Dog finds coccaine in cake

coccaine-cakeA 64-year-old Toronto man was charged with importing a controlled substance after a CSBA detector dog at Pearson Airport located two kilograms of coccaine in a cake that he had brought back from Trinidad and Tobago. In his luggage.  I can see a couple of flaws in this plan already.

Isn’t sixty-four way too old to start being a drug mule?  You’ve only got a year to rise through the ranks of organised crime and attract some blue-haired moll before you have to retire.

Who packs a cake in their luggage?  I guess the guy hasn’t seen what some baggage handlers get up to.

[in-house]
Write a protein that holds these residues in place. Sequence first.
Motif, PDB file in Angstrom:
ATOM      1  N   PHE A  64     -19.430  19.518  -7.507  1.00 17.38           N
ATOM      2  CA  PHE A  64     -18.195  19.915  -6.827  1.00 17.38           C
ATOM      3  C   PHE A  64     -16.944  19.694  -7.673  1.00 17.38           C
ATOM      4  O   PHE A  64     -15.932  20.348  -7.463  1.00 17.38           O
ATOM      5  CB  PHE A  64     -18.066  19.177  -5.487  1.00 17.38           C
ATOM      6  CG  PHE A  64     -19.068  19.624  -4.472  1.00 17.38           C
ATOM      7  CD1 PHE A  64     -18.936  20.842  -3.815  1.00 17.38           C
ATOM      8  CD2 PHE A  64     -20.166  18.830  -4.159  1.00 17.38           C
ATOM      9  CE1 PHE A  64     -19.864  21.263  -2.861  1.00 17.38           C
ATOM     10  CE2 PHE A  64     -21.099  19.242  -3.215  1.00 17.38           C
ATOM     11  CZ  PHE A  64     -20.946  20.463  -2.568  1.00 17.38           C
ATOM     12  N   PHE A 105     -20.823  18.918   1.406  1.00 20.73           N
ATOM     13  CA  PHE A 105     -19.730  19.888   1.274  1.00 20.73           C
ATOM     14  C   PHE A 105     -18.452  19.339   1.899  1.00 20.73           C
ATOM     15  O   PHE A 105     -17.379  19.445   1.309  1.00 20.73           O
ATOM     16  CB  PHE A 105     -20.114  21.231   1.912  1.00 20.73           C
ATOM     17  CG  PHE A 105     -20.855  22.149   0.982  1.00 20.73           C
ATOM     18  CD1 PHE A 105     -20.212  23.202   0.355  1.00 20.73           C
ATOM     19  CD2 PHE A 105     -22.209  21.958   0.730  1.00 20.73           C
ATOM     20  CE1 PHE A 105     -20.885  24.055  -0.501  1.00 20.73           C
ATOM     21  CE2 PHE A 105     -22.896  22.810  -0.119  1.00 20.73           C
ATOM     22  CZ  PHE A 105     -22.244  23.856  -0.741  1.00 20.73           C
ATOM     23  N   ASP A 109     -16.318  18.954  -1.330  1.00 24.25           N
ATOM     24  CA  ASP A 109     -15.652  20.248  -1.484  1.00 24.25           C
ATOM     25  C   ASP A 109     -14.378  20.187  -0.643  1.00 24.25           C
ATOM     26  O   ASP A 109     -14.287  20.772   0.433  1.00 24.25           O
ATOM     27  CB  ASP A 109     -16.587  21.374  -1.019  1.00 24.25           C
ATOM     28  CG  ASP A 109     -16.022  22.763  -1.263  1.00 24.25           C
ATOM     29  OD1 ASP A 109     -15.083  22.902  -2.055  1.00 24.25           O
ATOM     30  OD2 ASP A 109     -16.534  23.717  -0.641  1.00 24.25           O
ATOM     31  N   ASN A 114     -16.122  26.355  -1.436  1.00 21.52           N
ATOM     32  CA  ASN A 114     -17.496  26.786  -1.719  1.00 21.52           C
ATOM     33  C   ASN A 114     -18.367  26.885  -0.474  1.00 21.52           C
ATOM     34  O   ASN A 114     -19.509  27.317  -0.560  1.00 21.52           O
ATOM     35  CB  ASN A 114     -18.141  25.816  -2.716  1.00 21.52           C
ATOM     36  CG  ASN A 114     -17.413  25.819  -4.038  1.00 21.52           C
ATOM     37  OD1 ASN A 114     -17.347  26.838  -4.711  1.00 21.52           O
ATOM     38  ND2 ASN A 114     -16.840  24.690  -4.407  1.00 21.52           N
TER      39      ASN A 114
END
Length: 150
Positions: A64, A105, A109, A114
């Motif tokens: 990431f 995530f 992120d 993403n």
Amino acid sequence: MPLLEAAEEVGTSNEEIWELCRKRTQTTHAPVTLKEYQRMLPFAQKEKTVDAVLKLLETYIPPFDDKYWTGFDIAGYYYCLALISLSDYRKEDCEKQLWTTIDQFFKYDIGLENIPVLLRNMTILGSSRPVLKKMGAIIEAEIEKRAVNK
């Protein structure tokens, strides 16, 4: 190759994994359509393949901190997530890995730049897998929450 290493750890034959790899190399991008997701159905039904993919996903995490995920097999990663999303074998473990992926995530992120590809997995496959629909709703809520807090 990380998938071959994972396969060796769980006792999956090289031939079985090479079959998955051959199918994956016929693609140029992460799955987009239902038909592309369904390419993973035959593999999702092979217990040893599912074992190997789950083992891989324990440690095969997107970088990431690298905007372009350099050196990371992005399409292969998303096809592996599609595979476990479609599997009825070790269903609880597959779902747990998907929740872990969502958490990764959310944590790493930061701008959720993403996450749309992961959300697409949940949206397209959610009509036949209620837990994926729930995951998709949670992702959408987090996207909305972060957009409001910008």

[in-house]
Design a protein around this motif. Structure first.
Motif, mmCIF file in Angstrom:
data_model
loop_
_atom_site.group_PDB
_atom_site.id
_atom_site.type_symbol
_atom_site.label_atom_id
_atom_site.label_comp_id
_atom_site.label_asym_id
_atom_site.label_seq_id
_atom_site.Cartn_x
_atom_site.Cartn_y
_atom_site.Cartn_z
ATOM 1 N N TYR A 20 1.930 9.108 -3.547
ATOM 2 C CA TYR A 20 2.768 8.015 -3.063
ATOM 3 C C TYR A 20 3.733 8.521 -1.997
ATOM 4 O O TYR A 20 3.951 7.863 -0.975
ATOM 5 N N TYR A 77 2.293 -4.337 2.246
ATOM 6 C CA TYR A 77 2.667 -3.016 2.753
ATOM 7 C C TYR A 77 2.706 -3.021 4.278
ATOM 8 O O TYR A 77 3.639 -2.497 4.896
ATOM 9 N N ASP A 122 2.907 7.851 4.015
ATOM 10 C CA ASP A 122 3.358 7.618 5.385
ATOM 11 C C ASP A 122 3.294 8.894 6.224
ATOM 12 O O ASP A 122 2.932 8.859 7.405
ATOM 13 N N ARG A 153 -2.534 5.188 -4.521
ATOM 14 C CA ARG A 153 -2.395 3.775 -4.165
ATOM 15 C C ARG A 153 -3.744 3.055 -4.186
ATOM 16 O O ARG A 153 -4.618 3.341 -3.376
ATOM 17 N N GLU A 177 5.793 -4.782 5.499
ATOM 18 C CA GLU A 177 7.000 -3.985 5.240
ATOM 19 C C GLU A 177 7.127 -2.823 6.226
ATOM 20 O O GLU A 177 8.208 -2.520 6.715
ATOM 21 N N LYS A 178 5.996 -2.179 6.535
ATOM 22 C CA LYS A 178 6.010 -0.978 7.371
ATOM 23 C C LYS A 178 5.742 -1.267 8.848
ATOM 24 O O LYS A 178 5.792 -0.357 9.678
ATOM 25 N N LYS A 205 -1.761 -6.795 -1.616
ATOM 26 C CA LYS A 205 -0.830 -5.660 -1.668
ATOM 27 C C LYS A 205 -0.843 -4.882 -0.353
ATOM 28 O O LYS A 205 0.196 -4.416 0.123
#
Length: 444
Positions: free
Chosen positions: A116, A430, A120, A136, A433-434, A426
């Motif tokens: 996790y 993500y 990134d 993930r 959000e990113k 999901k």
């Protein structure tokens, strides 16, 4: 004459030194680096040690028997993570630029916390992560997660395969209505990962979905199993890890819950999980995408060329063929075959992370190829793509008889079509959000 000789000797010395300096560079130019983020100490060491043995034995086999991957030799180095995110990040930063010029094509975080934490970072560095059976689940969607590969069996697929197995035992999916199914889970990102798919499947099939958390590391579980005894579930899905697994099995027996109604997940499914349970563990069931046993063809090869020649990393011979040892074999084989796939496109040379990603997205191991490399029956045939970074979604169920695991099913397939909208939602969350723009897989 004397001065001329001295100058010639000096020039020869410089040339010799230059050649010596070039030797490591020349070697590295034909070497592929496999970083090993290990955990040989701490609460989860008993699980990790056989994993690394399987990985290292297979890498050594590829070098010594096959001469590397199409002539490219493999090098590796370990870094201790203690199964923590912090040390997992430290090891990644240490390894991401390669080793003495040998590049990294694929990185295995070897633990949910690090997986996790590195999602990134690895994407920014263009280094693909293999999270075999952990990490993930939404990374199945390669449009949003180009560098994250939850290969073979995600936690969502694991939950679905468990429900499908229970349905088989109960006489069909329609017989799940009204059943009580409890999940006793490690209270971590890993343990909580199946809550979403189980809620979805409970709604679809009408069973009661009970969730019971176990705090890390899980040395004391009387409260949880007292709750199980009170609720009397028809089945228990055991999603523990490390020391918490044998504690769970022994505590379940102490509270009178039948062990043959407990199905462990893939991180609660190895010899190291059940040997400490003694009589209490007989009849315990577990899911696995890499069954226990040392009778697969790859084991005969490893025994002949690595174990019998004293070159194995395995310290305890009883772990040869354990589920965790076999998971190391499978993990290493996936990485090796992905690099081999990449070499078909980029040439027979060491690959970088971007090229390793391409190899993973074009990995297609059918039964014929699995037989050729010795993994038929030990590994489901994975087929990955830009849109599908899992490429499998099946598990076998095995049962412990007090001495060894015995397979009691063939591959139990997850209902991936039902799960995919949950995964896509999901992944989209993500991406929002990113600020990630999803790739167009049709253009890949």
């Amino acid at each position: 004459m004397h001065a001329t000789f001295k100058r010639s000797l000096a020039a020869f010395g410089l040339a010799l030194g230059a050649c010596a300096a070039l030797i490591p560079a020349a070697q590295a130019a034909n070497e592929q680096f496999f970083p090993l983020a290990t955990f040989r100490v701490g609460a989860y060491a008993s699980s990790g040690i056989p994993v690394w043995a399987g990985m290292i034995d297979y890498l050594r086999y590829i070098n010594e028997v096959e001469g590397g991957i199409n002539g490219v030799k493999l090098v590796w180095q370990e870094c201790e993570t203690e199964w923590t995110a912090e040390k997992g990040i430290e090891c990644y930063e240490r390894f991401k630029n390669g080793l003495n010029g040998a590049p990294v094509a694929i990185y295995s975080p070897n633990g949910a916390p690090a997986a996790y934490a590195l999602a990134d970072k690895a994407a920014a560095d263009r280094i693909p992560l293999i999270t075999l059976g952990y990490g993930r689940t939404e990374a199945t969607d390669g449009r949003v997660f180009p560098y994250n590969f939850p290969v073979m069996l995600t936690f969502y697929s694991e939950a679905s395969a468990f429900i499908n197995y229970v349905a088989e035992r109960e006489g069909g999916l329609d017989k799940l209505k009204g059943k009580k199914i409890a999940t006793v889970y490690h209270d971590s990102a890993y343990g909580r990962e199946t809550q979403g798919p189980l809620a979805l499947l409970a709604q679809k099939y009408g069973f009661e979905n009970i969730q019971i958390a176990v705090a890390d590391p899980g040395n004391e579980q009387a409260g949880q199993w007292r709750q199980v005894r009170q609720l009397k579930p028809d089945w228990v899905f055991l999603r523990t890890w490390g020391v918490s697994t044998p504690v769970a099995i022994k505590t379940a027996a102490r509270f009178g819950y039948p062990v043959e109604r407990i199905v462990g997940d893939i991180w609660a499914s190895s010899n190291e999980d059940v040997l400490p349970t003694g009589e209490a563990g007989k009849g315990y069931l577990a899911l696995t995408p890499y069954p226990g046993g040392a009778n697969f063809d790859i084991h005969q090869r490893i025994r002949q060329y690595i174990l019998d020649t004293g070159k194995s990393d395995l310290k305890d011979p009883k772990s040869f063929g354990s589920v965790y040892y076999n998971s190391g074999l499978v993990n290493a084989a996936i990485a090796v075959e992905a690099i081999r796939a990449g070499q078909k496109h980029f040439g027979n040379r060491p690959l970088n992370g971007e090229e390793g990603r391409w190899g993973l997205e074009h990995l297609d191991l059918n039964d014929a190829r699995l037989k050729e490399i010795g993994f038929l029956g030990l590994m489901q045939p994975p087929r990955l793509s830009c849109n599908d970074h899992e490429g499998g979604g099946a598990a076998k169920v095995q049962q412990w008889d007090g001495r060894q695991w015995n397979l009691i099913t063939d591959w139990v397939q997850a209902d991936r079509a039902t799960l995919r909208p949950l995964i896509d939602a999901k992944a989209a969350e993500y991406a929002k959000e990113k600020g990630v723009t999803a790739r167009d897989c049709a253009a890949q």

And where’s the icing?  No wonder the dog had to pull it apart.  It’s not a real cake unless there’s icing.  Lots of it.

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Something about this just stinks

An alleged gang member gets shot in Jamaica (during a firefight in which another man died), then flies home to Canada for medical treatment.

Wouldn’t the Jamaican police want to, I dunno, interview the witness and see what he knows?  Especially since another fella at the same incident was, you know, murdered?